Mumbai: Profits of public sector banks such as Punjab National Bank (PNB), Indian Bank, Central Bank of India and Oriental Bank of Commerce (OBC) will be hit because of a likely increase in provisioning by the Reserve Bank of India (RBI) as these lenders will have to set aside more money to cover restructured loans, analysts said.
A Bank of America Merrill Lynch (BofA ML) report on Friday said PNB, Indian Bank and OBC with around 10% of their loans restructured, will be the worst hit
“We estimate at least 3-8% of earnings hit for the banks through fiscal 2014-15. Banks with higher provision cover (like Bank of Baroda and Union Bank of India) may have some cushion to offset the earnings hit,” analysts Rajeev Varma and Veekesh Gandhi wrote in the report.
A Mint analysis, based on the BofA ML report, suggests that Bank of Baroda, Bank of India, Canara Bank, IDBI Bank Ltd, Indian Bank, OBC, PNB, State Bank of India and Union Bank of India collectively will have to set aside at least Rs.3,870 crore to cover their restructured assets at the current level if RBI sticks to its plan of raising the provision requirement from 2.75% to 5%. This will be staggered over next nine quarters till April 2015.
The asset quality of many banks has suffered in the face of slowing economic growth and high interest rates that have made it difficult for many corporate borrowers to repay their loans. Banks have restructured the debt of many borrowers to avoid having to classify them as non-performing assets.
The draft guidelines, released on Thursday, suggested that banks must set aside money equivalent to 5% of new restructured loans from April and step up provisions for the stock of recast loans till April 2015.
Mid-level banks like Central Bank, Indian Bank and Allahabad Bank will be hit harder because their profits are not as large as their bigger rivals, said Varun Varma, banking analyst at Kim Eng Securities India Pvt. Ltd.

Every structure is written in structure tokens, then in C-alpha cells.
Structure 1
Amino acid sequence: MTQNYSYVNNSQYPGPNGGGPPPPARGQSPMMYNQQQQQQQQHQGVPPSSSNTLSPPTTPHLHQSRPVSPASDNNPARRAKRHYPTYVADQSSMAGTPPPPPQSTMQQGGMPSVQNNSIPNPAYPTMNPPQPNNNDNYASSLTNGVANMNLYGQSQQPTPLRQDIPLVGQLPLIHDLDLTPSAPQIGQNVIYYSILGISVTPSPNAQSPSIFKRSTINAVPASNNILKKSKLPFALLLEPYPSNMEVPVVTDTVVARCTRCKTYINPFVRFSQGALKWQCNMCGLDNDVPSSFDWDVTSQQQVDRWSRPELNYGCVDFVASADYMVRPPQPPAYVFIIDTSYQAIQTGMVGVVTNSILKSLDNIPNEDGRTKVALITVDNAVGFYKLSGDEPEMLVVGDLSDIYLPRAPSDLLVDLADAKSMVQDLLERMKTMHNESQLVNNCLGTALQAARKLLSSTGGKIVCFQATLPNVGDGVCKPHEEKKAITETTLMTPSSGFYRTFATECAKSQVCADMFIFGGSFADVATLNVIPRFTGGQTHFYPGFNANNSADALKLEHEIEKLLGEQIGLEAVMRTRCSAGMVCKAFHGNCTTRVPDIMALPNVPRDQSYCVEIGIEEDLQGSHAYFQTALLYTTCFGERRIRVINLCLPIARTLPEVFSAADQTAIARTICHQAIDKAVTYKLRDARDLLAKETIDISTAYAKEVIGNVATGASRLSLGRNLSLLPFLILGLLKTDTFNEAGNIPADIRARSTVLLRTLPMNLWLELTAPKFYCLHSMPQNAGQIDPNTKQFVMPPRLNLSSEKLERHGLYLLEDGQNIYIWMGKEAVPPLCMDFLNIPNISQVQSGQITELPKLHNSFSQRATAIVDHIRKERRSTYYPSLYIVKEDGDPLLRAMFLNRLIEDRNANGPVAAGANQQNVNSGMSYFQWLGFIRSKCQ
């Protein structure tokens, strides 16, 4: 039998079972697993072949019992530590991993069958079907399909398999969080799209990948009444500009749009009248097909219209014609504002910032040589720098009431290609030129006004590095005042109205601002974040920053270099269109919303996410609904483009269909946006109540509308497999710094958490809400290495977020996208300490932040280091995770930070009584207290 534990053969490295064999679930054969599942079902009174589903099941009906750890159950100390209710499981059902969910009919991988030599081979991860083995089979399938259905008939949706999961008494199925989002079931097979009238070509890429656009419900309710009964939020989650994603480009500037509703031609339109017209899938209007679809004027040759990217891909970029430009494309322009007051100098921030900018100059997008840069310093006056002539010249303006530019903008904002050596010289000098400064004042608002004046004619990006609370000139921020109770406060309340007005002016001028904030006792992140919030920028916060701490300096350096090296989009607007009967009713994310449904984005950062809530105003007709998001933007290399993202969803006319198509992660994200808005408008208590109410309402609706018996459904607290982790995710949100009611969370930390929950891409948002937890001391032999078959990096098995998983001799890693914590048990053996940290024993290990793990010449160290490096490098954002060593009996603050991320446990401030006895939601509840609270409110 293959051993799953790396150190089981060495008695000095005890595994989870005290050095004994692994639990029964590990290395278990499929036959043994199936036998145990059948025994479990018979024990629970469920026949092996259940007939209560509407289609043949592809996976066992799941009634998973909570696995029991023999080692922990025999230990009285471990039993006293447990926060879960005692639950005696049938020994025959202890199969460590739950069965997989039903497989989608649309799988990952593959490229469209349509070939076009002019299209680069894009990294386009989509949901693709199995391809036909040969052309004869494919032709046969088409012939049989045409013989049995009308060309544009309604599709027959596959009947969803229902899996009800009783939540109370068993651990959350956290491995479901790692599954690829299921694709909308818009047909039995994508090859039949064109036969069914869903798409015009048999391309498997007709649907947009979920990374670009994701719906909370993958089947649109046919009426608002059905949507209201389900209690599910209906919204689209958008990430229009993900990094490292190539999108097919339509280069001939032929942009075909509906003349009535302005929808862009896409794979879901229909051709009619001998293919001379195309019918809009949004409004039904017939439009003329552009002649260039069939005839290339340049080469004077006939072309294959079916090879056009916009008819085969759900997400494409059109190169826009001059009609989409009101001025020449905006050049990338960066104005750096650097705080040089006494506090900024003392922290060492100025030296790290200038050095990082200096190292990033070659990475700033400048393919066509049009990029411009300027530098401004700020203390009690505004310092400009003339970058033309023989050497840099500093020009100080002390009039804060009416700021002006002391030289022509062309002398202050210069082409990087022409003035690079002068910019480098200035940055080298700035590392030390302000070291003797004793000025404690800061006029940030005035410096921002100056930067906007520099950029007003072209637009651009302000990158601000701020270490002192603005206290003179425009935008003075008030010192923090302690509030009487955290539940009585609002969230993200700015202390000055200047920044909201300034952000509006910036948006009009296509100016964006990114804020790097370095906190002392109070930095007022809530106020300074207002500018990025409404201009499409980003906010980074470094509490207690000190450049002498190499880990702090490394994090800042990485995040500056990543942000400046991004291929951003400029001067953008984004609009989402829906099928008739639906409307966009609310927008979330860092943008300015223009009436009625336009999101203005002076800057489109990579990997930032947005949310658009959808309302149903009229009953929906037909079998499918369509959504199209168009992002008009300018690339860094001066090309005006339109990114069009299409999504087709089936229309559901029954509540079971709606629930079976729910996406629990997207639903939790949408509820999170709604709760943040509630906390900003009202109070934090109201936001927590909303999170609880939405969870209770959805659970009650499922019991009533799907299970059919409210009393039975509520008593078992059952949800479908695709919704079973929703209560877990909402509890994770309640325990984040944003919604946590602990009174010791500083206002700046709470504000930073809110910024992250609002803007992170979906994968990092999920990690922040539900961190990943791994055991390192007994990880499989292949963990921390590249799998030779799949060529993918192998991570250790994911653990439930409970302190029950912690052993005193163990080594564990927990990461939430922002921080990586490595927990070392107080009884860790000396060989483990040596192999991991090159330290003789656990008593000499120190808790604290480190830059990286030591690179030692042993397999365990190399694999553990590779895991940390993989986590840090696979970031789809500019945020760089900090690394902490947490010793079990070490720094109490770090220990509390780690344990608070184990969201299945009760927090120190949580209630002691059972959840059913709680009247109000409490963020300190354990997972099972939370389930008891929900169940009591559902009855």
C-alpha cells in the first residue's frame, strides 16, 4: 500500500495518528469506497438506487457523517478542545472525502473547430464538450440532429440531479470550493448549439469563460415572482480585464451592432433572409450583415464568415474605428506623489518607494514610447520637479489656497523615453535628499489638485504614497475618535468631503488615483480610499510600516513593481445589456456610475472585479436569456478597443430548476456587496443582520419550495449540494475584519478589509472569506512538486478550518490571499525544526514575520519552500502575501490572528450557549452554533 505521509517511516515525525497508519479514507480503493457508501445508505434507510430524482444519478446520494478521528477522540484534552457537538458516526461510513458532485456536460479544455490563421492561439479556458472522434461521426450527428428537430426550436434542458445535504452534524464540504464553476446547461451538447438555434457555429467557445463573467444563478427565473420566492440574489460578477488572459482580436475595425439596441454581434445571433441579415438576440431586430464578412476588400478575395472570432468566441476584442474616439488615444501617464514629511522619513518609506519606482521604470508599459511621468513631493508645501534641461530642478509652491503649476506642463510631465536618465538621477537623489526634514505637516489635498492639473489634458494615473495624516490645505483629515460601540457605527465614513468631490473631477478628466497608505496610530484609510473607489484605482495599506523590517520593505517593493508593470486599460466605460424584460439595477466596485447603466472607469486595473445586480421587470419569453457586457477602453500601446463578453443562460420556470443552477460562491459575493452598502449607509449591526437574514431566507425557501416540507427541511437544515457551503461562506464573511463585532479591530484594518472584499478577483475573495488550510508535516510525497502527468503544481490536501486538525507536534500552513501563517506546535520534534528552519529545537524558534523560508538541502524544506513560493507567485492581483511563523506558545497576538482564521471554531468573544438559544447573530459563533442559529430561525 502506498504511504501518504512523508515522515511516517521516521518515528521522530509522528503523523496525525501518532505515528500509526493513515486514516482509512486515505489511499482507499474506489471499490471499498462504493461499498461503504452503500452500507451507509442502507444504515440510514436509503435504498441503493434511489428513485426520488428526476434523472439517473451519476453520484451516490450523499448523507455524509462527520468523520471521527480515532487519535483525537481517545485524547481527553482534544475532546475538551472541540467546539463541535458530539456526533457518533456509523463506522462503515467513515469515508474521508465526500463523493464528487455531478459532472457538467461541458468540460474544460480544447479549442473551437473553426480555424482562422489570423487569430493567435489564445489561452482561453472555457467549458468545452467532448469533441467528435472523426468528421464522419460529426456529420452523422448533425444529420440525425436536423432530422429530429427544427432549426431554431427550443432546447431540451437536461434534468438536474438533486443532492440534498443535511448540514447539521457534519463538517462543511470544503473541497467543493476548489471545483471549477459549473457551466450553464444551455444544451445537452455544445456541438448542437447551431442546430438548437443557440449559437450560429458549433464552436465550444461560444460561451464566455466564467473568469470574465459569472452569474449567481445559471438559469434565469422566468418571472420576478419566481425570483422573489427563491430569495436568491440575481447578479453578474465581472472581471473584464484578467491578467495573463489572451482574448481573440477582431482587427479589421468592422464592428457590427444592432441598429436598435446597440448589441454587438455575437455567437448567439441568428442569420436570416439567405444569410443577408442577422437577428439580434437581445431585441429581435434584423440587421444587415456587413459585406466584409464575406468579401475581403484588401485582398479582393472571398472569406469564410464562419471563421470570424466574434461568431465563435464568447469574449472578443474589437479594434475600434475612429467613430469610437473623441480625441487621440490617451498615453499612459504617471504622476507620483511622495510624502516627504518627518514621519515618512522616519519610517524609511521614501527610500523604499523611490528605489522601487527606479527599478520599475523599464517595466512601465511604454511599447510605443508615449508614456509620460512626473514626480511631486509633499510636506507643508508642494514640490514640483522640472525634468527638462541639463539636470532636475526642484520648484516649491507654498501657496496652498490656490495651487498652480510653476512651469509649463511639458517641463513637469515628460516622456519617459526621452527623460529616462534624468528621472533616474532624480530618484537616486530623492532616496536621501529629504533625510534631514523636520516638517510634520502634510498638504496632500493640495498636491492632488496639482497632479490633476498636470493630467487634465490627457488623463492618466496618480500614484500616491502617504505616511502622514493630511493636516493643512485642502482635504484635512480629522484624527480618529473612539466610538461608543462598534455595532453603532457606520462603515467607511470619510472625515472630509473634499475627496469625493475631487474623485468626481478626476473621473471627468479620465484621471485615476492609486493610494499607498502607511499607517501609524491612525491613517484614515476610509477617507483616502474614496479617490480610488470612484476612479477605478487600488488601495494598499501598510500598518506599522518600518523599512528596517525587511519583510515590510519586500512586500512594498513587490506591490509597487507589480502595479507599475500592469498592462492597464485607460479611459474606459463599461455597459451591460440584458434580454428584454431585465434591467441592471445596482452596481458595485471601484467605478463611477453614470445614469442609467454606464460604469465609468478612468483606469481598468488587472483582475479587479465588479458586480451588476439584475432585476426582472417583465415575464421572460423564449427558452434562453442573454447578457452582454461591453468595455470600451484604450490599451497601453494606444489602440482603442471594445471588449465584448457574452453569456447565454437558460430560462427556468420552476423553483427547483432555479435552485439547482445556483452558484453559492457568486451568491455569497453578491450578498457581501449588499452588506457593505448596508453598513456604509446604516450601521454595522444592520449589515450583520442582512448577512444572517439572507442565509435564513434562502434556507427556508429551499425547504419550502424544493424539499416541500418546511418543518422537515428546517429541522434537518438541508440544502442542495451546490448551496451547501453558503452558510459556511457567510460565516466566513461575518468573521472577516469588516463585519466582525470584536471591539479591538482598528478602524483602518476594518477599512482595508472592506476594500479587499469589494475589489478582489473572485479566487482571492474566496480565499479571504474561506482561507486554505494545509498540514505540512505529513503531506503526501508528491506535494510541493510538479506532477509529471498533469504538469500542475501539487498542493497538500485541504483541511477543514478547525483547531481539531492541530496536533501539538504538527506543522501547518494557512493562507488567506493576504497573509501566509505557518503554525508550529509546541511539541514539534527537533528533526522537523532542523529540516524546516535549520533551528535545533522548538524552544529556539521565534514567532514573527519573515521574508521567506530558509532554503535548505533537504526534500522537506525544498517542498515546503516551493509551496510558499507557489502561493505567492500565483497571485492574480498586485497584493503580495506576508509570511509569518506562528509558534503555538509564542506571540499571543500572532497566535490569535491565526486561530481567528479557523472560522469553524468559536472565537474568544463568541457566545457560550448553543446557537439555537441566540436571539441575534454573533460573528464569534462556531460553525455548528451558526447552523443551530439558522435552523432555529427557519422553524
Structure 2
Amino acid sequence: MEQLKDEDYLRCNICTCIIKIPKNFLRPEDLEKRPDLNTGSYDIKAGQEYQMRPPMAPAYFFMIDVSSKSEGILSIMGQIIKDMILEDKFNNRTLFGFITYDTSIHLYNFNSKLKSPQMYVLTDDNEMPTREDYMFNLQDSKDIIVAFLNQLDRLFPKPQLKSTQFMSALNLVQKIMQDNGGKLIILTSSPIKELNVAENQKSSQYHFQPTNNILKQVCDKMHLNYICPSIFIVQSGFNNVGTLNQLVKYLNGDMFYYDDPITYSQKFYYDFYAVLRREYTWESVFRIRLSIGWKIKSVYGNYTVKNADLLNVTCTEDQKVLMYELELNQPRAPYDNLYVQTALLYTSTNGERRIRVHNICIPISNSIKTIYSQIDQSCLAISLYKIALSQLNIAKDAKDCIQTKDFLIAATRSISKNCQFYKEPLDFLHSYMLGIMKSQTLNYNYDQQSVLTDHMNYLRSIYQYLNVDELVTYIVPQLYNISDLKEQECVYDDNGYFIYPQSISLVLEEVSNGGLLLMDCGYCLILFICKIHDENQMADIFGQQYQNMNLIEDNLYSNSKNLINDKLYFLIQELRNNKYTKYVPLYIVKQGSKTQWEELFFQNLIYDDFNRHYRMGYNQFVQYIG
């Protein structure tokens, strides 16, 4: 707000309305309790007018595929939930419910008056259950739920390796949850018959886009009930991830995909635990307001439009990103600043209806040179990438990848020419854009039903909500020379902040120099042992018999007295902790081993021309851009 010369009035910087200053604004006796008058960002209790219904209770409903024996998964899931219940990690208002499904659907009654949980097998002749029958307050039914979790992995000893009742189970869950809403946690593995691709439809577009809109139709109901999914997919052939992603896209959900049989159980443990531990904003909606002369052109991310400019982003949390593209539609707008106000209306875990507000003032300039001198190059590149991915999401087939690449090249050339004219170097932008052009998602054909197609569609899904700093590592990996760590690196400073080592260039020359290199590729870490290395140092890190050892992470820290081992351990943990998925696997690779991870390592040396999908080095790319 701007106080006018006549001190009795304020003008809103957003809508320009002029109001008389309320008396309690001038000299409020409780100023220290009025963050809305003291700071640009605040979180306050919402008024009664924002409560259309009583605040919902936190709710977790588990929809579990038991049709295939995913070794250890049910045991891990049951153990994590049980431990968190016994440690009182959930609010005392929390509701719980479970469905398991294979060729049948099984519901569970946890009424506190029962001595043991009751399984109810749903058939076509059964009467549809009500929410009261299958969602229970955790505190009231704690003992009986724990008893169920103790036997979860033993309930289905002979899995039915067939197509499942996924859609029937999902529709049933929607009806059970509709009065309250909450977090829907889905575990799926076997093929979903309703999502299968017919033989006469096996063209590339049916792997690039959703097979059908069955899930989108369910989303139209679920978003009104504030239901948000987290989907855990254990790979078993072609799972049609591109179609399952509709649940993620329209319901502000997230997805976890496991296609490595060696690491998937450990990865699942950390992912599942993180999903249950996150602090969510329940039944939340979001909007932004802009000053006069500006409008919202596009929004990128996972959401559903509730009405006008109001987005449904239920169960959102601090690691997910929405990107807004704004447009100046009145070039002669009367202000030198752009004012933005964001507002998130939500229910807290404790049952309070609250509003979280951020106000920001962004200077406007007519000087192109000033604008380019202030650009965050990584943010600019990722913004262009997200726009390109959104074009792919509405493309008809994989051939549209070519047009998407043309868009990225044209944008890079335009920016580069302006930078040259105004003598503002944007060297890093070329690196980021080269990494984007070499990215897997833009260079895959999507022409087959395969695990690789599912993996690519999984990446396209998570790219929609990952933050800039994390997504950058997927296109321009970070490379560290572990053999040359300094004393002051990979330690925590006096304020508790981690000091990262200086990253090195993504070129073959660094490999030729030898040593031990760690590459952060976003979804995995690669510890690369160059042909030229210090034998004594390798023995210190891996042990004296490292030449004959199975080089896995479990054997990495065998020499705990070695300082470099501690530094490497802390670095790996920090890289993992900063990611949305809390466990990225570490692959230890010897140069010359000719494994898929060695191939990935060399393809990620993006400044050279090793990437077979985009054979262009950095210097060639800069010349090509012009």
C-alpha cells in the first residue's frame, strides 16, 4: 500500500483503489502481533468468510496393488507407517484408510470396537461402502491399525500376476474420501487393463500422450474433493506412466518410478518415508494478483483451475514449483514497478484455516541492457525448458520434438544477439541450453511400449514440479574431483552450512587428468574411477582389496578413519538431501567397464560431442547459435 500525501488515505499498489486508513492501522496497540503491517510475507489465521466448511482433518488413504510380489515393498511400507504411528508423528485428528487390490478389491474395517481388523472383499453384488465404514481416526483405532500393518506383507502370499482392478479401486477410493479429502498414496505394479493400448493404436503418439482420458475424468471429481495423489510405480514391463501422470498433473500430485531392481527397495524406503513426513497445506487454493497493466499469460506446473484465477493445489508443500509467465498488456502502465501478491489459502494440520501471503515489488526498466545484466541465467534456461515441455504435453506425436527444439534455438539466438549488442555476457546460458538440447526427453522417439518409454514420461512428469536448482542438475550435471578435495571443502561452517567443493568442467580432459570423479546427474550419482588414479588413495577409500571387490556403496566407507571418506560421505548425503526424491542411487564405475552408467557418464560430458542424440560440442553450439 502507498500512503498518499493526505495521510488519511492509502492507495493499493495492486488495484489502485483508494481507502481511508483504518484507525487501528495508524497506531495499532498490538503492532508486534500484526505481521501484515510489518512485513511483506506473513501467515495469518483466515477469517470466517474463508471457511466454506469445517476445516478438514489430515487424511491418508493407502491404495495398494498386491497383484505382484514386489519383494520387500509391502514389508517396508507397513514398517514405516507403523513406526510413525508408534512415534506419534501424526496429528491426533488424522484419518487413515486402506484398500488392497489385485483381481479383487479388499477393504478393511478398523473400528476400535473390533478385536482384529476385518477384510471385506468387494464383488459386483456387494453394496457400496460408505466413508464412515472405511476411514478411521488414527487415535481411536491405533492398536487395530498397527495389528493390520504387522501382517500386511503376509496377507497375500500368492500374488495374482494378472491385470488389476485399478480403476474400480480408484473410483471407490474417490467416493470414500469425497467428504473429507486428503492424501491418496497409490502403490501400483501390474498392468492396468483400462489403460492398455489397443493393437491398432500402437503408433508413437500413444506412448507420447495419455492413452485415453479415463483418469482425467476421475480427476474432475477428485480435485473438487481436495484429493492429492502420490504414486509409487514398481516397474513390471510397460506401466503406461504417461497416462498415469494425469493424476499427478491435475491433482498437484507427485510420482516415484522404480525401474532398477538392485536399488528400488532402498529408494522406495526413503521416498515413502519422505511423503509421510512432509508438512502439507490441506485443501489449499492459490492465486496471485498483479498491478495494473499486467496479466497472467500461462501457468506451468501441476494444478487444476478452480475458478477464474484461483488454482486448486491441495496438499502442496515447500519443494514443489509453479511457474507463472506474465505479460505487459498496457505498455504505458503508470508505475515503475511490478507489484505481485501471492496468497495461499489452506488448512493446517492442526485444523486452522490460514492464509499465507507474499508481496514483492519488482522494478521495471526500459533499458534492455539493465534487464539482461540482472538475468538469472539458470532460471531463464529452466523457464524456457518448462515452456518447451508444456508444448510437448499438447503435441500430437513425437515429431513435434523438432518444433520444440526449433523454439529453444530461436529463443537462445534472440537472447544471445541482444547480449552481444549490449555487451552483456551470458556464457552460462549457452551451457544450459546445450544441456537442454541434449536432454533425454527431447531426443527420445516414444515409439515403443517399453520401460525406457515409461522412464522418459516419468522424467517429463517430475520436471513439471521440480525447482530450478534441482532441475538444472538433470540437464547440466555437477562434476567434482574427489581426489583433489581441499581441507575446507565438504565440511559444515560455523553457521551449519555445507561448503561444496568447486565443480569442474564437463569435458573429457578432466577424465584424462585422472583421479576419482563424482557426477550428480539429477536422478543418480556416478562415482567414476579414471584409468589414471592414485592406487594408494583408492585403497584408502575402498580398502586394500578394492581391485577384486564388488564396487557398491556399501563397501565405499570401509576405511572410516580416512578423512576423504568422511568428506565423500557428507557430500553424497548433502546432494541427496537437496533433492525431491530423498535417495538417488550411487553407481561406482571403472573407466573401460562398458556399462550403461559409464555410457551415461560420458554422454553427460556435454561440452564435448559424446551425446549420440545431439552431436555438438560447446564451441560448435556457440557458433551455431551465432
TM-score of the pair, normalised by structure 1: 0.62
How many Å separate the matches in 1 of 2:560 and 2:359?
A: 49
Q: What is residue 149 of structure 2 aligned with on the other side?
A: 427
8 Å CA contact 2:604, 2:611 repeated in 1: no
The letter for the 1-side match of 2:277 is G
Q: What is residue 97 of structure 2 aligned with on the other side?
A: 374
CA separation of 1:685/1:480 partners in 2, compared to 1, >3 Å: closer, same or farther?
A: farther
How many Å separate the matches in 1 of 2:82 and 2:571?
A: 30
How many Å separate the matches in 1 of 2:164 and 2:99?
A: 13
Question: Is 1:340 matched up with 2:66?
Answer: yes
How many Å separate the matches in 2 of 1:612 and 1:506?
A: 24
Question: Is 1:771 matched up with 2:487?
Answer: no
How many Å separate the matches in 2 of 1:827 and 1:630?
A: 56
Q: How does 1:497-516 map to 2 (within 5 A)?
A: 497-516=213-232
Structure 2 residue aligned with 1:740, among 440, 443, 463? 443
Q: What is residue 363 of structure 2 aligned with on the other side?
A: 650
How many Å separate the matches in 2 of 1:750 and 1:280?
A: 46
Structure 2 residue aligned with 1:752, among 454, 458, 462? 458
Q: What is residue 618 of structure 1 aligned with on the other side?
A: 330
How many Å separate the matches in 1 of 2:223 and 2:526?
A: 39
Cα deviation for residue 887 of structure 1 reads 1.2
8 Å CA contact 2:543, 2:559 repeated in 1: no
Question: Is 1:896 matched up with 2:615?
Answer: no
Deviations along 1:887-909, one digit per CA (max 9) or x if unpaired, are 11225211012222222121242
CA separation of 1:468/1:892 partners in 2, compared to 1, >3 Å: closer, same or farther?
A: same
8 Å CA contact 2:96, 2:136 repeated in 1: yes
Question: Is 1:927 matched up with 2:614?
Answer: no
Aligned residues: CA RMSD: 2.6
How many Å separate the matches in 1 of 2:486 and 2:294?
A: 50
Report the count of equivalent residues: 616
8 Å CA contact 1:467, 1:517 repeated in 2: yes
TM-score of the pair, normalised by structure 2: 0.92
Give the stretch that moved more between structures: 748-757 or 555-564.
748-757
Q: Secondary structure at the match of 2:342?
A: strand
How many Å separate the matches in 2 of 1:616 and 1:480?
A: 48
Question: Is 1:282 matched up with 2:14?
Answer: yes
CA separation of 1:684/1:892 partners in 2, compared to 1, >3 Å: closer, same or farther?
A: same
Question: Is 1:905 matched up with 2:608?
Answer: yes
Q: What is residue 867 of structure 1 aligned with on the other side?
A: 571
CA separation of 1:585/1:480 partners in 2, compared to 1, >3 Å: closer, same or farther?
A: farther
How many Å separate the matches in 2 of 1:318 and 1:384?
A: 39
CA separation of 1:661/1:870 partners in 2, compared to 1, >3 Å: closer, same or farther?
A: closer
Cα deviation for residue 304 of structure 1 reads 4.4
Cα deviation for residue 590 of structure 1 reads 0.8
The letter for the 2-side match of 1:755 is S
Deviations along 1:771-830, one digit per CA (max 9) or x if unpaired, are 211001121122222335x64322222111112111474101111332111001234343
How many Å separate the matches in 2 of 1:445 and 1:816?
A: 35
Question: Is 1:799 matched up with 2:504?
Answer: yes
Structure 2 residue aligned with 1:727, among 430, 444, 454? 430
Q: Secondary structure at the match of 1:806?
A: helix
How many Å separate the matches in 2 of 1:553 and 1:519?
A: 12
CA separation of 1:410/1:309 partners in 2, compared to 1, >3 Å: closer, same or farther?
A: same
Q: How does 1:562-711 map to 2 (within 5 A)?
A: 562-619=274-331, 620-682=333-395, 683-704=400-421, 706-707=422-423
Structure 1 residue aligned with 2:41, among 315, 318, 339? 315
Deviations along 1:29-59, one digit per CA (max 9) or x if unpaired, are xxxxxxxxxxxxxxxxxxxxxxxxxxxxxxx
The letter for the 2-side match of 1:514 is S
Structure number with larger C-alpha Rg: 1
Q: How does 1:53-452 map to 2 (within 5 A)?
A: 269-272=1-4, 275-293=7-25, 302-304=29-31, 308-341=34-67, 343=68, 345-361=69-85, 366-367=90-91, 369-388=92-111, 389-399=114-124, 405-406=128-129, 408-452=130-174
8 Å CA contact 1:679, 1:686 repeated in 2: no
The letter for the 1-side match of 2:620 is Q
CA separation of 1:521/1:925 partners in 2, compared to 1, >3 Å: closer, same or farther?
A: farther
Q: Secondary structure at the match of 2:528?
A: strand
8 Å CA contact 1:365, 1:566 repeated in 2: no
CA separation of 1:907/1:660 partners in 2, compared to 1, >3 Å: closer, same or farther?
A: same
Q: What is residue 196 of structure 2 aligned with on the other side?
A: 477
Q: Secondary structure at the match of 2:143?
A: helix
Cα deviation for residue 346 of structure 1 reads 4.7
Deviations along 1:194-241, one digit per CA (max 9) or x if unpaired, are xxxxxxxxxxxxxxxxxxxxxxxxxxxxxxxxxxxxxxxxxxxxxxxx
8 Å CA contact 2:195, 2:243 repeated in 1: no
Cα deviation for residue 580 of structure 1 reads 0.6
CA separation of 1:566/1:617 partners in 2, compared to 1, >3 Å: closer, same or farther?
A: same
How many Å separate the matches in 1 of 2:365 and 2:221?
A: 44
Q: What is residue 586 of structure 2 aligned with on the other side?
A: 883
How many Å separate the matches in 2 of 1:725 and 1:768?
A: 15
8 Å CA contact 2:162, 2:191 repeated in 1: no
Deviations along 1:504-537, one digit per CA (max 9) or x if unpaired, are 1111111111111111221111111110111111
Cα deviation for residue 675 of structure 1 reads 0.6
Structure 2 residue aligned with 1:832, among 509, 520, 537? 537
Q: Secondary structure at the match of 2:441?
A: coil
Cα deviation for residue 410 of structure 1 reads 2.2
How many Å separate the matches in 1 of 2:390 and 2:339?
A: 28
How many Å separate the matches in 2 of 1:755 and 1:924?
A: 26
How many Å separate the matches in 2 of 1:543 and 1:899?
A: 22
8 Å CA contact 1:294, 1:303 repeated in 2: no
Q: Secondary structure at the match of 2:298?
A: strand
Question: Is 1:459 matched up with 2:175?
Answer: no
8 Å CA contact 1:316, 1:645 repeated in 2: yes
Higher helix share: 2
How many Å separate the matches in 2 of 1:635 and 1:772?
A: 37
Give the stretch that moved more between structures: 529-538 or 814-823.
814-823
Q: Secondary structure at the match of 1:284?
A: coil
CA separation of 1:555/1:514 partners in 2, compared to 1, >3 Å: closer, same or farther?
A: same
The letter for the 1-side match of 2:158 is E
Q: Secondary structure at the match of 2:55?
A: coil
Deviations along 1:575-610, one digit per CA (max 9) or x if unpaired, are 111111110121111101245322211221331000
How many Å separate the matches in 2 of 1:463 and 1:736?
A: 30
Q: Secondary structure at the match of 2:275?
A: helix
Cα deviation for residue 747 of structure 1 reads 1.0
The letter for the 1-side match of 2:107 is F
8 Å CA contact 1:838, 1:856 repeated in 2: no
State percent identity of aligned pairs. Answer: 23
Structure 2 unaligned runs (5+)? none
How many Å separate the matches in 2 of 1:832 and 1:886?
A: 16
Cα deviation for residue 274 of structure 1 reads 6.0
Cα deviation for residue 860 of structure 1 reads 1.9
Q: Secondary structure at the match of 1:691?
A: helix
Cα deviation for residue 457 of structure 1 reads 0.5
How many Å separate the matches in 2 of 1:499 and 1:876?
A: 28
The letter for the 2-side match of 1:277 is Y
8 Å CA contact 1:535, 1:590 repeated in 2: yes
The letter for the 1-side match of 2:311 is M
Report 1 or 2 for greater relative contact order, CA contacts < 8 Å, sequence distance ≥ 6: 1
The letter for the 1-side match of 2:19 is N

“These banks will suffer more because they will have to keep aside a larger amount of their revenues compared to big banks. The hike in provisions was expected as the RBI had hiked it in November but the amount is too large for these banks to be prepared,” Varma said.
Central Bank, for example, has restructured Rs.22,182 crore worth of loans as of December, which is 13.98% of its loan book and one of the highest in the industry. Its net worth at Rs.8,937.57 crore is much lower than the loans restructured. There is no link between the quantum of assets and a bank’s net worth as such but if a large portion of such loans eventually turns bad, the bank will be hit hard.
Saikiran Pulavarthi, an analyst at Espirito Santo Securities Ltd, said larger banks like PNB can withstand the hit. “For banks like PNB it won’t be more than 8% hit on the bottomline but for small banks it will be a greater challenge,” Pulavarthi said.
PNB had restructured loans worth Rs.28,542 crore as of December and has set aside Rs.785 crore for such loans. Over the next two years, the bank has to provide another Rs.642 crore. It earned a net profit of Rs.1,306 crore in the quarter ended December.
Rating agency Crisil Ltd, in a note on Friday, said RBI’s draft guidelines, if implemented, will take the banking sector’s provisioning requirement to Rs.15,000 crore between April 2013 and March 2015. This will lower banks’ profitability by around 7% in this period.
Still, the guidelines, if implemented, will enhance the confidence of stakeholders in banks’ asset quality and discourage large-scale debt restructuring, Crisil said.
According to Pawan Agrawal, senior director at Crisil, the guidelines will dissuade large-scale restructuring by raising the cost for banks; they will make viability assessment tighter and will stipulate higher promoter contribution in restructuring.
“The guidelines will strengthen the NPA (non-performing assets) recognition norms of banks by withdrawing regulatory forbearance for restructured loans, and proposing tighter norms for upgradation of NPAs from restructured accounts,” said Agrawal.
Another rating agency, ICRA Ltd, said the guidelines could likely increase NPAs steeply in 2015-16 from 3.6% as of 30 September 2012 to 6.5-7.5% in June 2015.
“This is so because regulatory forbearance on classification of old restructured advances (except for infrastructure loans yet to achieve commencement of operation) would cease by April 1, 2015,” ICRA said.
Bankers, however, are confident that they have enough time to increase provisions on their existing restructured loans without a knee-jerk reaction on profit.
S.L. Bansal, chairman of OBC, said his bank will have to keep aside about Rs.30 crore a quarter if the provisions are increased. “It won’t be much of an impact for the bank. But this will hopefully cut down on shallow restructuring and promoters will be held more accountable for loan recasts. Banks will be cautious before recasting any loan but that doesn’t mean genuine restructuring will be stopped,” he said.
Total loans restructured by Indian banks under the so-called corporate debt restructuring (CDR) route crossed Rs.2 trillion in December. In the past quarter alone, banks restructured Rs.24,584 crore of loans, up from the Rs.19,544 crore they recast in the previous quarter, to reach Rs.2.12 trillion of restructured loans. The actual figure for restructured loans may be around Rs.4 trillion as this estimate does not include bilateral restructuring cases that banks undertake individually with firms.